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September 21, 2018

Local Woman Continues To Keep Up Fight Against EEE


OSWEGO, NY – Last year, the deadly illness Eastern Equine Encephalitis took its ultimate toll on Aug. 14. Maggie Sue Glenister Wilcox, a five-year-old girl from New Haven died from the mosquito-borne disease.

In an effort to prevent this tragedy from being repeated, local and state officials gathered in the board room at the Oswego Education Center in October for a three-hour forum on finding better ways to combat EEE.

Now, Donna Wilcox, Maggie’s aunt, is doing everything she can to prevent any other family from having to go through what hers did.

She is disseminating information learned from the forum to local schools.

“This whole thing started with a letter that I wrote to the media last fall after Maggie died. It explained in graphic detail how she died and how frustrated we all were with the lack of response by the county,” she told Oswego County Today.

Shortly after that, she received a letter from Senator Patty Ritchie with her offer of help.

The senator in turn, organized the roundtable discussion with senators Kemp Hannon and Dave Valesky, as well as representatives from the local and state health departments, (then) Oswego County Legislature Chairman Barry Leemann and Legislator Kevin Gardner, Ag and Markets, DEC, Cornell University, New York Farm Bureau, Oswego County Farm Bureau and the Oswego County Soil and Water Conservation District.

From that discussion, Senator Ritchie came up with a 93-page recommendation on how the state and county will work towards better handling EEE in the future.

“I have remained in contact with both the senator’s office here in Oswego and with Legislator Gardner. The county is still working on the plan of handling EEE that was mandated be prepared by the legislature last fall,” Wilcox said. “I should note, the county’s plan was supposed to have been presented by the end of February, but has still not been provided. Kevin is keeping me in the loop on that and is pushing for the county to get that finalized.”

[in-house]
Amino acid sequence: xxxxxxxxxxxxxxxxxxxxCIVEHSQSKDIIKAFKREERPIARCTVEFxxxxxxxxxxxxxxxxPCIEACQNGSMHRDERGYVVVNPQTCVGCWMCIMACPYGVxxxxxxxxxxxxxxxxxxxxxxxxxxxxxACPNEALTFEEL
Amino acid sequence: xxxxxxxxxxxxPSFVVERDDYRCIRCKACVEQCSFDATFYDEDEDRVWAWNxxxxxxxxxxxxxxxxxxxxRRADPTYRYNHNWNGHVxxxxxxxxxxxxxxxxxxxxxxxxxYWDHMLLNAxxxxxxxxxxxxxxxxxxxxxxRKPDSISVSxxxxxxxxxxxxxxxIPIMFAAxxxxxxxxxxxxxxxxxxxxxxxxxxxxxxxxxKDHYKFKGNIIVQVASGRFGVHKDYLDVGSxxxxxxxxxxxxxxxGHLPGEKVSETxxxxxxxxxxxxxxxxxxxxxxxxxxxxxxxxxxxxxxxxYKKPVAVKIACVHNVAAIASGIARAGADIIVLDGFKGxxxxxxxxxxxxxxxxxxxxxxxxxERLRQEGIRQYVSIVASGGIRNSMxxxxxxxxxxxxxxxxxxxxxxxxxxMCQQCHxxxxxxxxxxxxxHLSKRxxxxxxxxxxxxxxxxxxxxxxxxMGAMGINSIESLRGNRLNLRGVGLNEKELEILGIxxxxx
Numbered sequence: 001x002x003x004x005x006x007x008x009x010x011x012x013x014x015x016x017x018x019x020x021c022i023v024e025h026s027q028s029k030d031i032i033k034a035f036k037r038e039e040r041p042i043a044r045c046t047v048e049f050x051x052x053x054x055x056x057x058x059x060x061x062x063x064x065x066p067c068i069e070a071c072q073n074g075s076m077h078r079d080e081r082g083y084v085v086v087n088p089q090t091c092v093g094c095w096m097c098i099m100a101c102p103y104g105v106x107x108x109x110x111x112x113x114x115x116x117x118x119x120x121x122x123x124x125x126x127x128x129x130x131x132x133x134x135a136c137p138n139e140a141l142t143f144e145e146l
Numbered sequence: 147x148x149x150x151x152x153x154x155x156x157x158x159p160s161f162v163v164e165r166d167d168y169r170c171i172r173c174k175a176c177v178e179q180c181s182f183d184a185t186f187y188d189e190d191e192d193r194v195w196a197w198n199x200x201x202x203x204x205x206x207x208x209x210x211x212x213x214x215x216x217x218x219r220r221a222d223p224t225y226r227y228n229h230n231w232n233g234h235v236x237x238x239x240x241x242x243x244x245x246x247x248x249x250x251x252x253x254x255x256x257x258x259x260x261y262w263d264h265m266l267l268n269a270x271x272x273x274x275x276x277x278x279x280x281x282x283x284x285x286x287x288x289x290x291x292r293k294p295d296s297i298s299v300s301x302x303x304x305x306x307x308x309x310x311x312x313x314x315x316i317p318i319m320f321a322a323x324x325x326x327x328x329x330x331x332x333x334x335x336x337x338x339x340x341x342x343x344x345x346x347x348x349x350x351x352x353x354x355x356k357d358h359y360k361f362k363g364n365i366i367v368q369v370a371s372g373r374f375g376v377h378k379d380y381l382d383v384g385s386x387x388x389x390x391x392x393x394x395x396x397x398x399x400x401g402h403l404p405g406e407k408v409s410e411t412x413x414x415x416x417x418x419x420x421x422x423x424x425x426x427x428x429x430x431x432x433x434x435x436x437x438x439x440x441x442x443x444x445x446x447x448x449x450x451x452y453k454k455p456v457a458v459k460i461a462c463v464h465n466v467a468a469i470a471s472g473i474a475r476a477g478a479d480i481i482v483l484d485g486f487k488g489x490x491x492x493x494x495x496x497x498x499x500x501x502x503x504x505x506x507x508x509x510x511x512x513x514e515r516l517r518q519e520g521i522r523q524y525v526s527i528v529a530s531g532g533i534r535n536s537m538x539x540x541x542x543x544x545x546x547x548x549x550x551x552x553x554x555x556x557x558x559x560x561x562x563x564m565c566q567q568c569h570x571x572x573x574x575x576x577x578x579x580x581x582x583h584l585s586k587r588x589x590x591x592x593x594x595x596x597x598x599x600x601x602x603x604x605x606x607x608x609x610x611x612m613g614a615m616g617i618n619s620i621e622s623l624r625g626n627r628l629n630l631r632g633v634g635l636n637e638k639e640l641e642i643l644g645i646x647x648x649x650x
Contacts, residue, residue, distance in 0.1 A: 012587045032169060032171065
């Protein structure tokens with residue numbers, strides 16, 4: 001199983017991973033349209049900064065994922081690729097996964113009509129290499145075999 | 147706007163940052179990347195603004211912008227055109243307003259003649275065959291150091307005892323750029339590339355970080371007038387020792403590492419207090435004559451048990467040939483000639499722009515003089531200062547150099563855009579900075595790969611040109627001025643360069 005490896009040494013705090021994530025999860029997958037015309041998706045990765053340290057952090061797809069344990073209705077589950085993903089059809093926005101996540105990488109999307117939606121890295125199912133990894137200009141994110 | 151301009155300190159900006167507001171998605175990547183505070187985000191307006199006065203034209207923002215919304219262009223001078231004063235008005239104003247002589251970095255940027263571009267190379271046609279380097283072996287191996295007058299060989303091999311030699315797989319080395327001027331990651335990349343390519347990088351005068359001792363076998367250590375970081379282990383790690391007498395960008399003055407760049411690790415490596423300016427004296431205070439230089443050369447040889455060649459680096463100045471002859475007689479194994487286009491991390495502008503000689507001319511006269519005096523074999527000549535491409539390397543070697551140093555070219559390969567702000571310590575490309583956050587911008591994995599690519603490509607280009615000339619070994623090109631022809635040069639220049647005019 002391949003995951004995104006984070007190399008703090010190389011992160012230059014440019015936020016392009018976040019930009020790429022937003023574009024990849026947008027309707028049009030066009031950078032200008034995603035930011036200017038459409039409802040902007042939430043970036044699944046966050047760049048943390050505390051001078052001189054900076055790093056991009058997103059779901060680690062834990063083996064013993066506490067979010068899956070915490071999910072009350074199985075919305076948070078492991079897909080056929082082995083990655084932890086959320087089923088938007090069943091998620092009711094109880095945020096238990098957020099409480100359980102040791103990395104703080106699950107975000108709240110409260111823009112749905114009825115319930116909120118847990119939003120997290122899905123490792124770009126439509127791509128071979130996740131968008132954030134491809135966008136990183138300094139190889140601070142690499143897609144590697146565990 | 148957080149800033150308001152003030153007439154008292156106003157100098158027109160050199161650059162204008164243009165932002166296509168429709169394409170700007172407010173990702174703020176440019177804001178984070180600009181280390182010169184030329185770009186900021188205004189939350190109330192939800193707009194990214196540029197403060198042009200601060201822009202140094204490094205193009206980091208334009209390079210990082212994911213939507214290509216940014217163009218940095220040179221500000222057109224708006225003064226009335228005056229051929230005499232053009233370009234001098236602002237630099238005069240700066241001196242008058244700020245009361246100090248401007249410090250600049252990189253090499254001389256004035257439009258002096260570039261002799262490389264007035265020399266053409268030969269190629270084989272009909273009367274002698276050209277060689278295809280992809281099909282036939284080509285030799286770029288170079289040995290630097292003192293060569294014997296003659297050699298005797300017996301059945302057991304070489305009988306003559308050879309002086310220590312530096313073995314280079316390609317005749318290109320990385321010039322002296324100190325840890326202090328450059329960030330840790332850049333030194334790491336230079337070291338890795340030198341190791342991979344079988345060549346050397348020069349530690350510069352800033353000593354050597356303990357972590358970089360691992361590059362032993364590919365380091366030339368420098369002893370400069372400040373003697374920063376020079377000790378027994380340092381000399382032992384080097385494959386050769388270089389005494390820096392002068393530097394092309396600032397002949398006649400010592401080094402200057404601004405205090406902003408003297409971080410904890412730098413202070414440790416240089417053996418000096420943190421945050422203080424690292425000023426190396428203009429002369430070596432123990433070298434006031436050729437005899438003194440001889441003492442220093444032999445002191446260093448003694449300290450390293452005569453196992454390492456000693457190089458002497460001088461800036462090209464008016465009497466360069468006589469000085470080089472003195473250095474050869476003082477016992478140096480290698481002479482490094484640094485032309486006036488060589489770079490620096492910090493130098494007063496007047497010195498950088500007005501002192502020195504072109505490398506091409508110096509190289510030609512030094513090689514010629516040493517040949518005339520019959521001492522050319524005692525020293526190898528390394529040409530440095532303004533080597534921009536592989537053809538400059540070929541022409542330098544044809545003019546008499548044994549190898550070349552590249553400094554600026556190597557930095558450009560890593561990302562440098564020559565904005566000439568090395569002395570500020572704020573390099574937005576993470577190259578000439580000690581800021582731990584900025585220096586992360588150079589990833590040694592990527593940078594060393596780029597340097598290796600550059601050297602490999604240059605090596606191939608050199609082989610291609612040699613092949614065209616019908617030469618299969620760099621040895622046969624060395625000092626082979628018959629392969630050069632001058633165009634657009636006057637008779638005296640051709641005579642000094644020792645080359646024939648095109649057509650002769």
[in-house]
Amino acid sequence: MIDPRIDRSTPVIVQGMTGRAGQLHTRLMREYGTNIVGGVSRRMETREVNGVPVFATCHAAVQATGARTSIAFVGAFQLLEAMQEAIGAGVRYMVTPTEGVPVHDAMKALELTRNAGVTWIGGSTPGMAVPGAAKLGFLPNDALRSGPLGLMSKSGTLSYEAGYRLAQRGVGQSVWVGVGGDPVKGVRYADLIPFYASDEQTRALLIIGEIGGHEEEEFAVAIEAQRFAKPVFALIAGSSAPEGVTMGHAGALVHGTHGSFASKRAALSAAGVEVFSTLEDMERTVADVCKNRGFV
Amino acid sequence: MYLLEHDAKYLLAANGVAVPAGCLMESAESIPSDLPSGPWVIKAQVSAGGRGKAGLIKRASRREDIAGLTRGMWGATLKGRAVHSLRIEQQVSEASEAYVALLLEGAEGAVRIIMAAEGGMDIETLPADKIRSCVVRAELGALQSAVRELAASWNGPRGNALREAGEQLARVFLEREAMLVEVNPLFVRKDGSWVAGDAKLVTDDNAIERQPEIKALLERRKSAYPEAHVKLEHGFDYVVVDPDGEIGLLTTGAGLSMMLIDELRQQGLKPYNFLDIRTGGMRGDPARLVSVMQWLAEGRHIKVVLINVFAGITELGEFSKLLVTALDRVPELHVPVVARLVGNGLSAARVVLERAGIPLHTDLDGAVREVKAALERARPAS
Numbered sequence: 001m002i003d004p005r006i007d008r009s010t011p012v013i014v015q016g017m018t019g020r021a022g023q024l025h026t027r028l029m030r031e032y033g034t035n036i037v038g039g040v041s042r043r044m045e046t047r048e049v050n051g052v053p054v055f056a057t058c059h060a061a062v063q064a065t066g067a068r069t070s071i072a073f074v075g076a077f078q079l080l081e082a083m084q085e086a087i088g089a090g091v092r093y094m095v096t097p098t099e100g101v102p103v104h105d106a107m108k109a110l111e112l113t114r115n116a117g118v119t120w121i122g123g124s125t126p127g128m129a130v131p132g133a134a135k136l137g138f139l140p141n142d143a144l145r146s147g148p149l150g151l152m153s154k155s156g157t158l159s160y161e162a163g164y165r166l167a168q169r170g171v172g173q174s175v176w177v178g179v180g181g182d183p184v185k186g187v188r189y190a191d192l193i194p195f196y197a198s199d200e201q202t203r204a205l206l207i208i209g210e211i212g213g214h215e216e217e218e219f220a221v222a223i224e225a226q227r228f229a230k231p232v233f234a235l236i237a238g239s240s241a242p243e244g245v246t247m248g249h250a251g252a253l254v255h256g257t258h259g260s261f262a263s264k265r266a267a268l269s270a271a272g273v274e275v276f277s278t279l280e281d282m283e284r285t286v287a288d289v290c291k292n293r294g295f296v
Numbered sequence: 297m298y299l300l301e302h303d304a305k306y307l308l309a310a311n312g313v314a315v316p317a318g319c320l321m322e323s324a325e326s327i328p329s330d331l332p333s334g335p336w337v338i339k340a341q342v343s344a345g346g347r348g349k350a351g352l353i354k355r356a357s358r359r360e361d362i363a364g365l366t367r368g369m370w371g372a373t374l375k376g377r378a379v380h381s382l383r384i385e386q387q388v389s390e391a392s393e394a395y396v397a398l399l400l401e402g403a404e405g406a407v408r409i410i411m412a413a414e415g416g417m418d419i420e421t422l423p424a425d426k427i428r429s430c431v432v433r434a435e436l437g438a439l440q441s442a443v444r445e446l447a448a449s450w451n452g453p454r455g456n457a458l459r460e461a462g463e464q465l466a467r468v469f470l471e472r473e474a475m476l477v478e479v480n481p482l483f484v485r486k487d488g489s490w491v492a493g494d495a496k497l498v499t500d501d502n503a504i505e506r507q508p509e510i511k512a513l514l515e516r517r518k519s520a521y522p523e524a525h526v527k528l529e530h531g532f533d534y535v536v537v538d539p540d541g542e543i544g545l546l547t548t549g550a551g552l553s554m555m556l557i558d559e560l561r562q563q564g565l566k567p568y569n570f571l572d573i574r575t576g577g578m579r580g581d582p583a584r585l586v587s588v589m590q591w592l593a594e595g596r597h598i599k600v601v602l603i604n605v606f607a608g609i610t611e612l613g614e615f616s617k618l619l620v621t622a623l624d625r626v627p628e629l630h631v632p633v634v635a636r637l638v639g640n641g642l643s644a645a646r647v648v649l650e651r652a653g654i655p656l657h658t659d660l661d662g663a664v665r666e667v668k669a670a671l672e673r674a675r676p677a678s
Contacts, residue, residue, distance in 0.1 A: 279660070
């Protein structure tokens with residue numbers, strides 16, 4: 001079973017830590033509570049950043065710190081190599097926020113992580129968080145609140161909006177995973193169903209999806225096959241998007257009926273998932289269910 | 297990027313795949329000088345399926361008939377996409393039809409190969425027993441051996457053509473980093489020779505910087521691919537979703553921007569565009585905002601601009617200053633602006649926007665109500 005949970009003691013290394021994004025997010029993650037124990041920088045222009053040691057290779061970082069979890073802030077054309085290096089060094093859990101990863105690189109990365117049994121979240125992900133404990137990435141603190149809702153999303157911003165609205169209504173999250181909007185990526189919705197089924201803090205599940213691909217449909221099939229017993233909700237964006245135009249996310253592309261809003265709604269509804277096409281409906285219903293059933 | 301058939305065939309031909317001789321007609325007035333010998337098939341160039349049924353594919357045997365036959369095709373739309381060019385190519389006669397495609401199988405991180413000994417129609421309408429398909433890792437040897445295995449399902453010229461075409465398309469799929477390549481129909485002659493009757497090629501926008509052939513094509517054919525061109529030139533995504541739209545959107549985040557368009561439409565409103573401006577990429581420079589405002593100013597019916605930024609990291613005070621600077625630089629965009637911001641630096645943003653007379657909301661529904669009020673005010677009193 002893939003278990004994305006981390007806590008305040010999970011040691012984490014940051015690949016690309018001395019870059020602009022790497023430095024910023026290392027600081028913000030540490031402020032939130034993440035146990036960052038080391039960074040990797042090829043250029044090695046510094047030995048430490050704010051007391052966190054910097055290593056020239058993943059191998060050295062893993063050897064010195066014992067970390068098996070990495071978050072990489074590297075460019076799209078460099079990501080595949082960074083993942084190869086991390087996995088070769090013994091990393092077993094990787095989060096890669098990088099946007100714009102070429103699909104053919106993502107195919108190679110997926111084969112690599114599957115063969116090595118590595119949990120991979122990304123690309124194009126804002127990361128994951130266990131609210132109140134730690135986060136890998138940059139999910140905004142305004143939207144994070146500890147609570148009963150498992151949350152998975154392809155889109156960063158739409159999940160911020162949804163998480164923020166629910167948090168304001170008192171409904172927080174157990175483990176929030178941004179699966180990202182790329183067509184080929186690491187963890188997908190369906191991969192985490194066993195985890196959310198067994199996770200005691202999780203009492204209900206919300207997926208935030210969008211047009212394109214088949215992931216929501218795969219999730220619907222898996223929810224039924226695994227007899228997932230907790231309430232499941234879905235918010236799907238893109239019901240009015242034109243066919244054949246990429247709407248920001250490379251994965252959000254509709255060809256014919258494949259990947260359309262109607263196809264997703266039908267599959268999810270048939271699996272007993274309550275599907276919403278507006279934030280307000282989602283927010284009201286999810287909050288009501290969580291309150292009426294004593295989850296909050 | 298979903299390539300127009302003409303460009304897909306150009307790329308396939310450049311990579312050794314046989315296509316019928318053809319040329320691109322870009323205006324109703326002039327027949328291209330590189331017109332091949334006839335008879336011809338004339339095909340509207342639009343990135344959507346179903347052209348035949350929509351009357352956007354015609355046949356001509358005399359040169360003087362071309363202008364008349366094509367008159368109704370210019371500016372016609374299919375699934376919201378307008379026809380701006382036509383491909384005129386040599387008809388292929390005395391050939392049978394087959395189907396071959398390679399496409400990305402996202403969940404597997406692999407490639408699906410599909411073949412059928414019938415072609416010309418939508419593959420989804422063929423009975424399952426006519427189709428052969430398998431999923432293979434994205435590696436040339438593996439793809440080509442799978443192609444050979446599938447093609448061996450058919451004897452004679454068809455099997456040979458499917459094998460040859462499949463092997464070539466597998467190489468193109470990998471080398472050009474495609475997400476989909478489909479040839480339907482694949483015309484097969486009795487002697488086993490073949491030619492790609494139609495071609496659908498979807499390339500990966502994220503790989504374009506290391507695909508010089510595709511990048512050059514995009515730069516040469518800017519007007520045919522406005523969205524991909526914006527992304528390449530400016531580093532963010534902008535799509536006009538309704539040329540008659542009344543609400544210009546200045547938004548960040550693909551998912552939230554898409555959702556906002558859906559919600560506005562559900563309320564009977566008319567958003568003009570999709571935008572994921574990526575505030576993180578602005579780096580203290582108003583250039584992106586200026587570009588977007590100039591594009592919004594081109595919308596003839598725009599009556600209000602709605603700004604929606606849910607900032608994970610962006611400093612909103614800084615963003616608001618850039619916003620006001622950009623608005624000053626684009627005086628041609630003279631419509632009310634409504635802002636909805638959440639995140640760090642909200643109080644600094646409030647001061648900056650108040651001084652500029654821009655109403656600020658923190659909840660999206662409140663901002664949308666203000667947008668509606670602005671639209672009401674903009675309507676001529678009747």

In late March, Senator Ritchie announced agreement with the Assembly to include $150,000 in the new state budget to help Oswego County’s battle with the EEE virus.

Senator Ritchie requested the state funds to help the county with the costs of spraying to kill disease-carrying mosquitoes, to provide tens of thousands of larvicide treatments for use by private landowners, and to create a low-cost horse vaccination program.

“One of the most important conclusions of my EEE Roundtable, which brought state and local health leaders into one room to discuss ways to better combat EEE, was that officials needed to ignore county lines – much as mosquitoes do – when drawing up plans of attack,” the senator said.

“I have been very pleased with Senator Ritchie’s help on getting the money put into this year’s budget,” Wilcox said. “I think this first step is a huge one and will definitely make a difference.”

The flyer Wilcox is distributing reads: “The time of year is now upon us… the time when we must protect our loved ones from the deadly Eastern Equine Encephalitis virus. The Maggie Sue Glenister Wilcox Family is providing this information to encourage you to take the precautions necessary this spring, summer and fall…”

It goes on to list several steps residents can take to keep their families, and pets, safe.

Click here to view the informational flyer.

The flyer is being distributed by Mexico schools right now, Wilcox said, adding she hopes that other school districts will follow suit.

Wilcox said, “The news stations and print media have helped us out immensely, as has Assemblyman Will Barclay. His office contacted me as well and said that they would do all they could to make sure the money stayed in the budget for Oswego County.”

“Mostly, though, David and Julie (Maggie’s parents) for having faith in me to take the ball and roll with it to make sure that Moo’s legacy lives on,” she added.

For more information, visit http://www.nysenate.gov/press-release/eee-ritchie-report-includes-recommendations-battling-deadly-virus

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